3 Most Common Customer Support Issues

Customer support issues come in a variety of forms and topical relationships, and not all of them are the fault of the company nor the user, but it has to be one or the other. The thing is, you can’t really hold it against customers when it’s their fault, and ideally, they should have some sympathy and understanding when it’s your fault – within reason at least.

I’ve pointed out on many occasions that when it comes to customer support issues, one of the most constructive, effective and proactive things you can do is to actually have contingencies worked out for as many as you possibly can. These will vary wildly depending on your service, demographic and corporate culture, so it’s hard to write a definitive list of known issues everyone will face. There are, however, a few that fit this bill, and that’s what we’re going to look at today.

Let’s see what the biggest three issues are that customers will contact you for, and maybe look at a couple issues in customer support as a system that need addressed if there’s time.

#1 – Billing Problems

This one’s a big one, and it’s rather distressing to customers. This can come in several forms, from a bill not being received, a payment not posting right, or a customer accidentally making a fatal mistake with the payment or filing of the bill.

Expect customers to be distraught and impatient. Also, expect them to be mildly hostile if they suspect this issue to be your company’s fault. To prepare for this, look over the billing system and cycles, and work out to your best ability where and how things can go wrong, and be ready to address this at your own expense if necessary.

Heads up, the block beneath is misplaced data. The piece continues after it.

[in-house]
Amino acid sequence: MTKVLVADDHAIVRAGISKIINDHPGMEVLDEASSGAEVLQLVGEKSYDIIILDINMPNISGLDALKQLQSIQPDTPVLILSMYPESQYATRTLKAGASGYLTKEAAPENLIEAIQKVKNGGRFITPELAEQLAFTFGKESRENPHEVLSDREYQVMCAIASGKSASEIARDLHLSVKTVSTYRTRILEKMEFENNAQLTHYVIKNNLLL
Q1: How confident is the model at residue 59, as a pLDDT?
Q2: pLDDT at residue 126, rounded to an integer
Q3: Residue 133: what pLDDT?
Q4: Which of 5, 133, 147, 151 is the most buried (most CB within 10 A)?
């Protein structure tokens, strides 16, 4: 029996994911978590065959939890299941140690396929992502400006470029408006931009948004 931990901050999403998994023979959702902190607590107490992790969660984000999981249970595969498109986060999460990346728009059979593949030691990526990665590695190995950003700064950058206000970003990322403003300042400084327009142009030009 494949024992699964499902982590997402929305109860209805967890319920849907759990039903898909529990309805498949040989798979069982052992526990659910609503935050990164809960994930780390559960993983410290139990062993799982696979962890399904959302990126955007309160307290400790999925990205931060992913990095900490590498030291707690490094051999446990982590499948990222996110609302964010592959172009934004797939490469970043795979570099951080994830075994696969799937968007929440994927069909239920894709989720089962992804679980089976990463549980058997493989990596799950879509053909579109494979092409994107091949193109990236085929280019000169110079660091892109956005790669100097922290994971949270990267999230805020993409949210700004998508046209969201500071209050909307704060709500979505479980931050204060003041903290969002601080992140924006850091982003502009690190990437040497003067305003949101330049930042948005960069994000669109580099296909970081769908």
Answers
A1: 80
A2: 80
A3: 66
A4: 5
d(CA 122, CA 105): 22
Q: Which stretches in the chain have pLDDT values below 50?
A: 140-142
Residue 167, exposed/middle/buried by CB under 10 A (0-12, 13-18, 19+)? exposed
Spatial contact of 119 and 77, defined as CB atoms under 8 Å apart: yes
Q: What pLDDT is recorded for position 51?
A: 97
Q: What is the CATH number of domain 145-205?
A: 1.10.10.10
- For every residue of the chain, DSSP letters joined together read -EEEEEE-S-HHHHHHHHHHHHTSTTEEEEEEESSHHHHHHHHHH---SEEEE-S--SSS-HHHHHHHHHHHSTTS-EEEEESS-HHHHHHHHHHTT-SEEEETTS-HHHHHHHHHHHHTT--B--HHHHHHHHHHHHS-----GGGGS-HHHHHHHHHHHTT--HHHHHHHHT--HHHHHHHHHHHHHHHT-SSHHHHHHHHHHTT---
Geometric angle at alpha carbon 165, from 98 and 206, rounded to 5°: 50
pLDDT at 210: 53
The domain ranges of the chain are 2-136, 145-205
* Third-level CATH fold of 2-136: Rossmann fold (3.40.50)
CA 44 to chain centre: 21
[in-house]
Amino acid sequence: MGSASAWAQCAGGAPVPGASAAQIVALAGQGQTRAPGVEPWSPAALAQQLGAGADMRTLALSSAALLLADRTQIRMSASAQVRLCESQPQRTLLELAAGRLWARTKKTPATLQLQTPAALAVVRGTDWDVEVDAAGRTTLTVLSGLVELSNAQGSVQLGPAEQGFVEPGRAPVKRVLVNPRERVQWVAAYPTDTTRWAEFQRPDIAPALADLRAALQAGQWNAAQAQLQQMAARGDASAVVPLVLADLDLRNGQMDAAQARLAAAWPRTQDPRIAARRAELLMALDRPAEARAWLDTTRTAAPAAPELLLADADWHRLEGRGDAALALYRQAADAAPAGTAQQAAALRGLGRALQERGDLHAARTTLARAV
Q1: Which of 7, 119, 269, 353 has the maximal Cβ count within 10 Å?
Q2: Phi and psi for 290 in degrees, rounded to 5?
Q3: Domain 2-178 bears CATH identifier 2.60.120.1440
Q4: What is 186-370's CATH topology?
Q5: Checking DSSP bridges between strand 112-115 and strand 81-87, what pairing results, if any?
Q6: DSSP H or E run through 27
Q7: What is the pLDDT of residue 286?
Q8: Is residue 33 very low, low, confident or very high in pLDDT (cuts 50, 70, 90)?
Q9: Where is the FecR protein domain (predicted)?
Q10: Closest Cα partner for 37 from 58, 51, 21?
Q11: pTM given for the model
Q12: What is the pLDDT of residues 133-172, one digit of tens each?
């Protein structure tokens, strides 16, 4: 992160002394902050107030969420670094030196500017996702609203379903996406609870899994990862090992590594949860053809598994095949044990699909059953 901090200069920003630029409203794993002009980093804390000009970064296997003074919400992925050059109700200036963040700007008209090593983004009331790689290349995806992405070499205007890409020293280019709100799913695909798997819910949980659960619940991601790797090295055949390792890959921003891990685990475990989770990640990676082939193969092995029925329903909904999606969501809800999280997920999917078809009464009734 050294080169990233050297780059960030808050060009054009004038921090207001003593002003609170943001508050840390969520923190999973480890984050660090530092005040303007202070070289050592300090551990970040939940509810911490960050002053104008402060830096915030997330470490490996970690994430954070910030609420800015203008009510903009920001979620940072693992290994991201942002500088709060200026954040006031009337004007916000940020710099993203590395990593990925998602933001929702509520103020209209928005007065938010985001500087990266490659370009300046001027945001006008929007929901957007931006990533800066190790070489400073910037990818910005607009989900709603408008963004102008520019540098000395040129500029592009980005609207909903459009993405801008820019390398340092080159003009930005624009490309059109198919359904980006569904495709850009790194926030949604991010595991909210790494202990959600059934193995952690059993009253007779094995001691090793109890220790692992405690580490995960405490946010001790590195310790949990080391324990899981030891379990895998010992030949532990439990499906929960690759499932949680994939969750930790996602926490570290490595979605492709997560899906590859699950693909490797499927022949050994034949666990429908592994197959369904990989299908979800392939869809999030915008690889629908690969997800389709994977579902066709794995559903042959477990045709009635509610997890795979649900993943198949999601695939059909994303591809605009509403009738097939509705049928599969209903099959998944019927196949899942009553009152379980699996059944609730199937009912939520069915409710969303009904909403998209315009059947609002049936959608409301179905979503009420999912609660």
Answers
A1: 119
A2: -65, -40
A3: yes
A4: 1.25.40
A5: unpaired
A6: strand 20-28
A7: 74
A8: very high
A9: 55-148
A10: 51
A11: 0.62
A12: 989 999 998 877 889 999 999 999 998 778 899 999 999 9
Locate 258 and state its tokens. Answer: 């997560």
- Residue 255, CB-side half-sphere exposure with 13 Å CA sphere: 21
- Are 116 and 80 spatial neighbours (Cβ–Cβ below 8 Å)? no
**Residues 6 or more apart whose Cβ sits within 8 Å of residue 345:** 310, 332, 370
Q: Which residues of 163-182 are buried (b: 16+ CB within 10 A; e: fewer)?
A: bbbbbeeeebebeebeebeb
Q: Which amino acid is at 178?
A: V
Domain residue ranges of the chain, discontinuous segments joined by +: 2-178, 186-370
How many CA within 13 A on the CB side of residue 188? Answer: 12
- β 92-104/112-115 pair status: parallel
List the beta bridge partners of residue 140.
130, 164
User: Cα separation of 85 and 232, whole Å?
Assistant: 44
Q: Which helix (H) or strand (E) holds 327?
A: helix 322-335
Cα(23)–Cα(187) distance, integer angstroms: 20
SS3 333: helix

#2 – Unrealistic Service Requests

These are common and require patience from your customer support people above all else. Customers may call in asking for changes or modifications of service that are not possible to do. ISPs and communications/utilities companies get this a lot, and could write a book on how to handle these.

In fact, many professionals from these fields have written extensive case studies on this, so they’re good reading for having contingencies for this scenario. This is one of the more common issues that tends to come up, so expect it contingencies for this to relieve a lot of problems.

#3 – Outages

If you provide a service, rather than a product, then outages will be another big one. These should be relegated to technical support, but will often enter the system via customer support, which isn’t entirely the same thing. Have your agents trained to at least surmise what’s probably generally wrong, so they can redirect customers to the appropriate tech support department with minimal delay. Don’t have them have to call back to a different number, this is a big mistake a lot of companies make, and it’s a calamitous one.

Of notable mention, as far as performance issues in customer support, communications and rapport need to be improved in most cases, and this should be a constant unattainable goal of improvement on your company’s part.

These are the three biggest customer support issues, and if this is the only contingency list like this anyone ever writes, I’m confident in these being the best ones to walk away with.

 

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